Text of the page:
These and other objects are attained by the present invention, which relates to a musical hat, cap or the like comprising a suitable head covering means with a musical device disposed therein. Means are provided for selectively activating the musical device when the hat or cap is grasped for tipping. The present invention may be practiced with a variety of different types of hats, and the tune played by the musical device will normally be associated with, or appropriate to, the type of hat and the occasion for which it is intended.
Various other objects and advantages of the present invention will become apparent from the description below, with reference to the accompanying drawings.
FIG. 1 is a perspective view of the musical hat embodying the present invention, shown here with the wearer in the process of tipping the cap;
FIG. 2 is a perspective view of the bottom side of the cap, the broken lines showing the installed position of the musical device and the compartment for housing the device;
FIG. 3 is a fragmentary cross-sectional view of the cap and bill with the musical device installed therein, the section being taken on line 3--3 of FIG. 2;
FIG. 4 is a front elevational view of the visor portion or bill of the cap with the musical device installed therein; and
FIG. 5 is a fragmentary, bottom plan view of the cap, here showing the cover flap folded back to permit access to the musical device.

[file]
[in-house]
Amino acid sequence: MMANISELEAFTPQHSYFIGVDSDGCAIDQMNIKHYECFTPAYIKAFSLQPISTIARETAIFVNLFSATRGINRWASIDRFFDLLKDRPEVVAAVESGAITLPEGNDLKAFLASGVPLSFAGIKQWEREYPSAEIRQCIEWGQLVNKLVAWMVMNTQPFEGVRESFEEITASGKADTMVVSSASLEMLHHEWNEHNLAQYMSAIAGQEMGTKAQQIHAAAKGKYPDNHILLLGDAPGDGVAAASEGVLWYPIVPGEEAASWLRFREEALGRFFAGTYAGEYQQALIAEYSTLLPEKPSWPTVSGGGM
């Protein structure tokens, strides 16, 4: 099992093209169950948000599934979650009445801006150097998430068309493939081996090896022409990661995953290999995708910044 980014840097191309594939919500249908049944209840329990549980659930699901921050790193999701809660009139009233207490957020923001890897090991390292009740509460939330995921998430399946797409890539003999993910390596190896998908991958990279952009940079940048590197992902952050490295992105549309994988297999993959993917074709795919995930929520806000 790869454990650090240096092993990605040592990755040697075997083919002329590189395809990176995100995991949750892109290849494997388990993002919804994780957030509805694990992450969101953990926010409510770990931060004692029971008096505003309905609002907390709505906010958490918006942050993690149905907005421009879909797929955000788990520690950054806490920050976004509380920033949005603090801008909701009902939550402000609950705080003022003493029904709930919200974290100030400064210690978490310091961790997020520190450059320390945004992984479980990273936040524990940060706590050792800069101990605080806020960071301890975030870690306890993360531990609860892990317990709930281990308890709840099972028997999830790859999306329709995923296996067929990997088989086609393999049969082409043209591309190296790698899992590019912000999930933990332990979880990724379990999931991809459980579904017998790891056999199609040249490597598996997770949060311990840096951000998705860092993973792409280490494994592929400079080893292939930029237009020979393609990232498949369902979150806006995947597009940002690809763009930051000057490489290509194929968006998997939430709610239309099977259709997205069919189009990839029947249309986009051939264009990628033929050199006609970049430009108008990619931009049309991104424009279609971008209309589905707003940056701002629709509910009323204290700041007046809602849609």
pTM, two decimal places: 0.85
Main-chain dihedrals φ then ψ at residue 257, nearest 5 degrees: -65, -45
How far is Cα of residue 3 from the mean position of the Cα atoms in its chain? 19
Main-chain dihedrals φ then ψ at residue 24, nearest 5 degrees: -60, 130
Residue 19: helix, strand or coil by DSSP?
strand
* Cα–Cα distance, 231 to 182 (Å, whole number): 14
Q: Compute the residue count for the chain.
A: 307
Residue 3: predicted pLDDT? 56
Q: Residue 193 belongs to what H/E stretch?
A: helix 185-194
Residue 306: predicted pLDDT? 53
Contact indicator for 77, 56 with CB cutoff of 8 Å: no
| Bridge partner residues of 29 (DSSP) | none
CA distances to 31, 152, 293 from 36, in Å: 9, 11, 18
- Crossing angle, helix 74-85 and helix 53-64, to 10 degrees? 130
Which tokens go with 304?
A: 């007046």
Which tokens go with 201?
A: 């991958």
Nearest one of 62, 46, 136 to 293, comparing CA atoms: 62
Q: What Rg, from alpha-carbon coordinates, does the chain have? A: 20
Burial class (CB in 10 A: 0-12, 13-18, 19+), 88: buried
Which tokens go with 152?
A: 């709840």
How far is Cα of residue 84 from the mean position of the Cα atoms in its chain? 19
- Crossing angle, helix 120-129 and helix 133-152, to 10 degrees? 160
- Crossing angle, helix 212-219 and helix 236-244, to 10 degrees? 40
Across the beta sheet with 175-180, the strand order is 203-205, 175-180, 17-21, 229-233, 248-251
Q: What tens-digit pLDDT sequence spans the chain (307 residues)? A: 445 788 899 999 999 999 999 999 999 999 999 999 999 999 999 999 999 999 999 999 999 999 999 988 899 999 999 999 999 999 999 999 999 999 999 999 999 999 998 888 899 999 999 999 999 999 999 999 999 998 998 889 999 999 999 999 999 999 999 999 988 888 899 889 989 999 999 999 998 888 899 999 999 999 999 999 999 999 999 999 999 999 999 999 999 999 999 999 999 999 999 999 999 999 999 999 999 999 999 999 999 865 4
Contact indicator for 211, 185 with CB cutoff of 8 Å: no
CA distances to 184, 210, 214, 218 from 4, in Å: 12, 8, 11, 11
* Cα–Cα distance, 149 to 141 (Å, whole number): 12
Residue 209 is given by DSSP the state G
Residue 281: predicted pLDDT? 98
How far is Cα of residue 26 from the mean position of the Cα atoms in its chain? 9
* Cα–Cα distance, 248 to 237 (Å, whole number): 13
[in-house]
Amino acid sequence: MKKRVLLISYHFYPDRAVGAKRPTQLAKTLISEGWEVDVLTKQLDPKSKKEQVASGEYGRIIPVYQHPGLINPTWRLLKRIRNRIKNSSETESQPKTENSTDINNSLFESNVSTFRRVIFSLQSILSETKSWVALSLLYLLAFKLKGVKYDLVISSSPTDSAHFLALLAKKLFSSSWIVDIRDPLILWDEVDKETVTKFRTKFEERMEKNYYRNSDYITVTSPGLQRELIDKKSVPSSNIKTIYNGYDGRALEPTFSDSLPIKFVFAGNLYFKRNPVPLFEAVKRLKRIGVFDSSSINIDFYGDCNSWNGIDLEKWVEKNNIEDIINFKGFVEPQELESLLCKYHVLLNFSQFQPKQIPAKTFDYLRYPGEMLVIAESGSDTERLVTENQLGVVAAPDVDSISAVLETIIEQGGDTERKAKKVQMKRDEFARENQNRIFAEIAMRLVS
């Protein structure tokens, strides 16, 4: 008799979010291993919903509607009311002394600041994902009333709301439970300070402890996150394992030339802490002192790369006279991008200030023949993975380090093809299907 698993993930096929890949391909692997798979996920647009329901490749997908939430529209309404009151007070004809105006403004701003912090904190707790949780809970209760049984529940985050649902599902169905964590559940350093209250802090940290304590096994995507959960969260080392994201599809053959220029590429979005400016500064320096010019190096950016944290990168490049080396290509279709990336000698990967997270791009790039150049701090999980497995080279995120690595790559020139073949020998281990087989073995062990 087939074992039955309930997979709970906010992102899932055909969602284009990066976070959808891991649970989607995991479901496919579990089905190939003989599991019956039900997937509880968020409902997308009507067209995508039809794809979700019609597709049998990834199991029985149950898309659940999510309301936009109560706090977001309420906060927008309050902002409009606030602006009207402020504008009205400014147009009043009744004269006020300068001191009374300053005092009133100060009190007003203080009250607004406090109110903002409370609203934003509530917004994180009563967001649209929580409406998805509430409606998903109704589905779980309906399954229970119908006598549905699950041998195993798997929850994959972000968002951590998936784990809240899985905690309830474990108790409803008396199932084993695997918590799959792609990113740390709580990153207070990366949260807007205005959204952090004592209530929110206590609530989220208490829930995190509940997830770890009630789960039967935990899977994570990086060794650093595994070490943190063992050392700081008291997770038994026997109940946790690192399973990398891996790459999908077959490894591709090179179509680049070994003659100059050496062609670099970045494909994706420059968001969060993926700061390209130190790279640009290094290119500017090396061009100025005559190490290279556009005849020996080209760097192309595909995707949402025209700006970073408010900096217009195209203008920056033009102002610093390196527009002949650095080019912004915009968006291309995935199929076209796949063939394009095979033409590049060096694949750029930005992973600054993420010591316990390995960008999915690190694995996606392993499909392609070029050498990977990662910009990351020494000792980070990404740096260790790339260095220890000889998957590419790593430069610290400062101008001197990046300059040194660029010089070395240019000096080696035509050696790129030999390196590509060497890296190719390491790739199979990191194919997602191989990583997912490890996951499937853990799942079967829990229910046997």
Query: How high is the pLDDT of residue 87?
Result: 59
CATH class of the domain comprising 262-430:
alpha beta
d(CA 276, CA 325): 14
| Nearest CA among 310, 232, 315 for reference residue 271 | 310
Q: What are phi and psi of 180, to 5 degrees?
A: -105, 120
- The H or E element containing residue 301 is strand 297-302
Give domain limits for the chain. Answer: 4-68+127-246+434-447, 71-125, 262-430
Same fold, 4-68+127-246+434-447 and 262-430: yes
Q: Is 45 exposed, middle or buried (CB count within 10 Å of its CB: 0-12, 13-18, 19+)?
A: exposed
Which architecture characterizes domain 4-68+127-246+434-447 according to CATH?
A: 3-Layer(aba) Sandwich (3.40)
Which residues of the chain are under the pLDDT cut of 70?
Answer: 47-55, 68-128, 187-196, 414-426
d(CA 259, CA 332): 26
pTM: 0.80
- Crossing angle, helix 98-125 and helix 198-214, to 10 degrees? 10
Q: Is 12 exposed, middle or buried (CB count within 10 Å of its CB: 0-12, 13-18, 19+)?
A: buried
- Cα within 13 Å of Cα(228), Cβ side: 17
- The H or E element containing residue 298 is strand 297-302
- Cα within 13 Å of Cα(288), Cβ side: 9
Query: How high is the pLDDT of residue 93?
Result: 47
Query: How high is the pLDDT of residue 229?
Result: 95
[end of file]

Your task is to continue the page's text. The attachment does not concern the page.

Referring more specifically to the drawings, and to FIG. 1 in particular, numeral 10 designates generally a musical cap embodying the present invention. The cap shown here is a baseball-type cap; however, any suitable head covering means may be used for the present invention, such as, for example, cowboy hats, basic visors, or standard fedora-type hats. The hat will normally, but not necessarily, include a bill or brim, such as bill 12 shown here, and, for purposes of this application and the claims appended hereto, the terms "bill" and "brim" will be used interchangeably and are referred to generally as visor means. Similarly, the musical device described herein, in combination with the baseball cap 10, has been programmed to play "Take Me Out To The Ball Game" when activated, and thus would be appropriate for wearing to a baseball game, for example. Any tune may be programmed into a particular musical device and will normally be, in some way, associated with or appropriate for the type of hat or cap and the occasion for which it is intended. For example, a musical device programmed to play "Pomp and Circumstance" or the school song may be incorporated into the mortar board worn by students at graduation ceremonies.
The hat or cap 10 includes a compartment 14 in bill 12 for housing a musical device 16. The musical device is inconspicuously housed within compartment 14, as shown in FIGS. 2 and 4, and includes a suitable power source, such as batteries 18 or a small solar unit, a programmed electronic chip 20, and a speaker unit 22. Extending laterally from the musical device toward the front of the hat is a suitable switch means 24 for selectively activating the musical device. The device may be fastened within the compartment in any suitable manner, a preferred method being the use of a releasable adhesive which permits removal of one device and the substitution of another to change tunes, for example.